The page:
Actually, it sounds like my kind of place … I like old and retro though I am sure I would have been astounded although most likely charmed by that shoilet but fearful I would electrocute myself if I tried to do anything with a cord. But I think I would have been terrified to stay knowing it has a bit of a haunting rep, at least as far as I suspect from the story I am about to read about one man’s experience there. You don’t mention anything like that, so apparently were spared or are not moved by such concerns. 🙂
I stayed in this hotel in the summer of 2005 for about 5 days even though I’d planned on staying longer. Yes there were many shady people staying and the staff seemed desensitized with blank expressions. It came to head the last night when I Iwas getting ready to sleep. I knew no one in the building and no one really knew I was staying there but I here a knock on my door. This gets creepy. I ask who it is by yelling ‘Yes!’ to which I get no response a few seconds pass and I hear the knock again three times, but this time it gets louder. Now I’m 5’10” 225 lbs of painting contractor muscle so I’m not scared to aproach the eye hole to see if some one, a kid or something, was playing a joke but I couldn’t see anyone. The knocking shortly turned from laud knocking to banging all the while I didn’t know what to think. I thought if I open the door I could possible get over taken by who knows how many people were on the other side or if they were armed, which could have been true. I stay in my room and turn the cable on (yes they have cable) and after ignoring it for a while it ends. Let me tell you I’ve to this day ever had such a feeling of helplessness such as that since or before that incident. You couldn’t pay me to stay there today. Beware that place is not safe!! The only thing that I think was on my side that night was the fact that the seemed to be an original door and pretty thick and heavy otherwise what ever it was could have opened the door. I’ve always wondered if anyone else stayed and had any similar experiences at that place.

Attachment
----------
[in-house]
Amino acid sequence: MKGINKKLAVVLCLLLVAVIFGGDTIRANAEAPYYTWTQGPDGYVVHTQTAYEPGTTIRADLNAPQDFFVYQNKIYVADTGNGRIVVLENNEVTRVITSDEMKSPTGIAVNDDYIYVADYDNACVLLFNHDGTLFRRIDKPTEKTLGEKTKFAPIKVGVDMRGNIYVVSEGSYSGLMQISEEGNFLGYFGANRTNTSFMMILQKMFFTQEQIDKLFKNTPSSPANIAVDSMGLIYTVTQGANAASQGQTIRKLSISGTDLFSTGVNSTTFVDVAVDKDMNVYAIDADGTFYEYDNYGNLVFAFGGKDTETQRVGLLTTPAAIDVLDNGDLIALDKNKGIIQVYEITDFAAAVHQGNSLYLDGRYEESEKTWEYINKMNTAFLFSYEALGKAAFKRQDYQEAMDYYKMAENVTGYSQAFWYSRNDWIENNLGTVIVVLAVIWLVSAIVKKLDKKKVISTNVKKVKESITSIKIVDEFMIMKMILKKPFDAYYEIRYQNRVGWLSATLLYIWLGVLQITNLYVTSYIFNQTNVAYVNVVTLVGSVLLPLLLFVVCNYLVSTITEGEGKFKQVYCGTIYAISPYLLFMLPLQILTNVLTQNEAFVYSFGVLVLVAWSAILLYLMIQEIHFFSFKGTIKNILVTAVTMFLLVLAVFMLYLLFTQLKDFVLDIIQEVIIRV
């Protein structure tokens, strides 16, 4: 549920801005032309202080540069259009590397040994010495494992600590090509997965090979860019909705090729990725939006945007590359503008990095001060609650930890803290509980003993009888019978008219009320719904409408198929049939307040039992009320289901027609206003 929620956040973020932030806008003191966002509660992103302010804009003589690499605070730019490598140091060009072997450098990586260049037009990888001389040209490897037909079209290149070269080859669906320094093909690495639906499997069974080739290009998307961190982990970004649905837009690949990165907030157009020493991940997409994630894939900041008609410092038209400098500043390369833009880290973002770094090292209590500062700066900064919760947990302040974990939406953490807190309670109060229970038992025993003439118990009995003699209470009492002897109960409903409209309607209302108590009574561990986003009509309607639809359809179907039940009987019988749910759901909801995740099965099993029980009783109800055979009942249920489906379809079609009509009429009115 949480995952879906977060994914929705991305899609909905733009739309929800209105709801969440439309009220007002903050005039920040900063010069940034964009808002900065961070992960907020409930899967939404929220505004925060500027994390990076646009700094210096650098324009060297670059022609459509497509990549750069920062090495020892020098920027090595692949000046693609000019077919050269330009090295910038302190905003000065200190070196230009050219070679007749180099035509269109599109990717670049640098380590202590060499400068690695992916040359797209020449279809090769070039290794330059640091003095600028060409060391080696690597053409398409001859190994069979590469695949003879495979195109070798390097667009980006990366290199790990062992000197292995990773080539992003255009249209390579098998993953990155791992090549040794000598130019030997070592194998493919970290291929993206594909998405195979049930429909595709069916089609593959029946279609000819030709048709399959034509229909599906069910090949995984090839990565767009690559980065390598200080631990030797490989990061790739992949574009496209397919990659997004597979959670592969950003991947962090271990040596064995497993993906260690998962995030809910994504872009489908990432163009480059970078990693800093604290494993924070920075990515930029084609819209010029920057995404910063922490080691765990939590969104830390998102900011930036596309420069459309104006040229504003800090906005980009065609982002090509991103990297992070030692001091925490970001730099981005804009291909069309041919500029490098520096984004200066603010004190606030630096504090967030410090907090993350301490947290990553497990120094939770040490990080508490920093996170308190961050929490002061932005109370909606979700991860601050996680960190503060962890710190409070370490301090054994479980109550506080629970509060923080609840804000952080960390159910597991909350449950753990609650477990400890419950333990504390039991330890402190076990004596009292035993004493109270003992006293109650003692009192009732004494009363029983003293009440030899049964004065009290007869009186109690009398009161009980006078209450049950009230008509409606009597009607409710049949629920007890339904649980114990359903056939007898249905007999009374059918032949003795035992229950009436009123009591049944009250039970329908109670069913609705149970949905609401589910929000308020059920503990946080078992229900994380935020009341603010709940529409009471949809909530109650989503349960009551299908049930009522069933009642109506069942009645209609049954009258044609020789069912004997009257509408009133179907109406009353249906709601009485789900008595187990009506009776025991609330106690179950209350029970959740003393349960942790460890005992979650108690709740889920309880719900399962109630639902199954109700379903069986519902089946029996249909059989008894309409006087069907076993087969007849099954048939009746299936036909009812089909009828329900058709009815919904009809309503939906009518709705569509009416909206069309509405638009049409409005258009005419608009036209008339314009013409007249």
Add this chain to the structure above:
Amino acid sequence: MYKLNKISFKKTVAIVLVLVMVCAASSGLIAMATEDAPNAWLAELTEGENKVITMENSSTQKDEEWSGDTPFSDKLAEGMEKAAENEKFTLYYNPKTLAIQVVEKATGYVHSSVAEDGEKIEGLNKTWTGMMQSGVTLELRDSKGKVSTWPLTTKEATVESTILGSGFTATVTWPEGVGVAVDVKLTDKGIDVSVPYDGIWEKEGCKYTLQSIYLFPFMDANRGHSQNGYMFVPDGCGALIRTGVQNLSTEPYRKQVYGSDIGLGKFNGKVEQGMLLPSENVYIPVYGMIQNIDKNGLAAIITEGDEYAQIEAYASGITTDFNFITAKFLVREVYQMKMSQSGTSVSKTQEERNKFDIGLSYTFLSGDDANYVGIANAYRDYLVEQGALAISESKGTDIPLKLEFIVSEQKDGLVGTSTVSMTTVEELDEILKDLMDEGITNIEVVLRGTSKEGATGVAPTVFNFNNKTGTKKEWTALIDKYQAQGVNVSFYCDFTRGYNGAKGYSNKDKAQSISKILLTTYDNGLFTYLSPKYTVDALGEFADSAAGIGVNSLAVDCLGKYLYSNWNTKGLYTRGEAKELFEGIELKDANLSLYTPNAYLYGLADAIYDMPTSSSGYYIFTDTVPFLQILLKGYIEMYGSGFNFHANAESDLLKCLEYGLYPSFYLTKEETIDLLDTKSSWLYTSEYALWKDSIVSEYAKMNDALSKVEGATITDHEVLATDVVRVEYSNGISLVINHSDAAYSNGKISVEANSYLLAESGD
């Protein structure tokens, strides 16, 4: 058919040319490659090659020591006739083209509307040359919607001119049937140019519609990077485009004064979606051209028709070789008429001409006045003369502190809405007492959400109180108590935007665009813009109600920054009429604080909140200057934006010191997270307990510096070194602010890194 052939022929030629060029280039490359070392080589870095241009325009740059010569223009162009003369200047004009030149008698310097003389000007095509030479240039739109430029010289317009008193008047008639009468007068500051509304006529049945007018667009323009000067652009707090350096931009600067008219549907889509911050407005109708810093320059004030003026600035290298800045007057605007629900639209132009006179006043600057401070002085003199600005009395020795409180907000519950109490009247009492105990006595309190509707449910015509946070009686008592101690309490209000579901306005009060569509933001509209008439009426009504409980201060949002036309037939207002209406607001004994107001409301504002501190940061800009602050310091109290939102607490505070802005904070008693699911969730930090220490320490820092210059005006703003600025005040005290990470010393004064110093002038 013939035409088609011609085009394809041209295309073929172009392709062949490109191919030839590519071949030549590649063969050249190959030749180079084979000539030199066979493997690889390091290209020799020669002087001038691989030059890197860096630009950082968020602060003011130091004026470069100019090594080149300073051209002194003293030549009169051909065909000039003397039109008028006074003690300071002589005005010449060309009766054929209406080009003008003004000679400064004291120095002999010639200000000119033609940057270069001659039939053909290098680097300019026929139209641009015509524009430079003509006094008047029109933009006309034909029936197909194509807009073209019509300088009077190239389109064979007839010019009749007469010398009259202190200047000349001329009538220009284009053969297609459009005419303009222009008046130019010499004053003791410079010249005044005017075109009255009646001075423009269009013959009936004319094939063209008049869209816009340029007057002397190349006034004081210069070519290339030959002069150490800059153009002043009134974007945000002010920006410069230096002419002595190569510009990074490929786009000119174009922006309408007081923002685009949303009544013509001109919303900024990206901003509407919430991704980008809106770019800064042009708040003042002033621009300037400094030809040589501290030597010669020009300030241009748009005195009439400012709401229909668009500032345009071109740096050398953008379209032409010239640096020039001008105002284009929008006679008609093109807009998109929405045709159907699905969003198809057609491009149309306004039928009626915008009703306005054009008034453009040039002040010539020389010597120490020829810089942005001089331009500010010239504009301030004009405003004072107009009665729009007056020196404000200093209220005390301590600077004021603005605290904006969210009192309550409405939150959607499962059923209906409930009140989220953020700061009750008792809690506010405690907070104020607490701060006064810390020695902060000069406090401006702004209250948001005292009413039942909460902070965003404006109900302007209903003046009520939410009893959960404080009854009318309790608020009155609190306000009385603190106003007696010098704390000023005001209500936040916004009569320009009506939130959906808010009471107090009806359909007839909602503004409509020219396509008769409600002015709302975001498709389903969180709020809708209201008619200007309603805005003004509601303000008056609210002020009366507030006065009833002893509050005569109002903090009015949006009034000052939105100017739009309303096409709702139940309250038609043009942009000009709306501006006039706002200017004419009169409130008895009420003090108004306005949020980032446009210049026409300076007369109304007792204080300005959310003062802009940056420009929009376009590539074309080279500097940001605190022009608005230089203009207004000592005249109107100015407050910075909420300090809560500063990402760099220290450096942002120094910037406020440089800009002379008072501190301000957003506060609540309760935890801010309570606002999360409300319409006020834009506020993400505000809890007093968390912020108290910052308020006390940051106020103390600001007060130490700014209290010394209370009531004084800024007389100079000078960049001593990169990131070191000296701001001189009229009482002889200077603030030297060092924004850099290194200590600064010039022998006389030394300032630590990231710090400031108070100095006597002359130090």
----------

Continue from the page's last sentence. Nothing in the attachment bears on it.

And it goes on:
IT AMASES ME HOW NONE OF YOU PEOPLE KNOW ABOUT THE MULTIPLE MURDERS THAT HAVE TAKEN PLACE IN THIS HOTEL
WOW WHAT THE FUCK , ALLOT OF SEX OFFENDERS STAY THERE AND RECENTLY A STRANGE MURDER OF ELISA LAM TOOK PLACE
WOW READING THE LAST COMMENT HERE MAKES ME WANDER HOW CLOSE HE WAS TO DEATH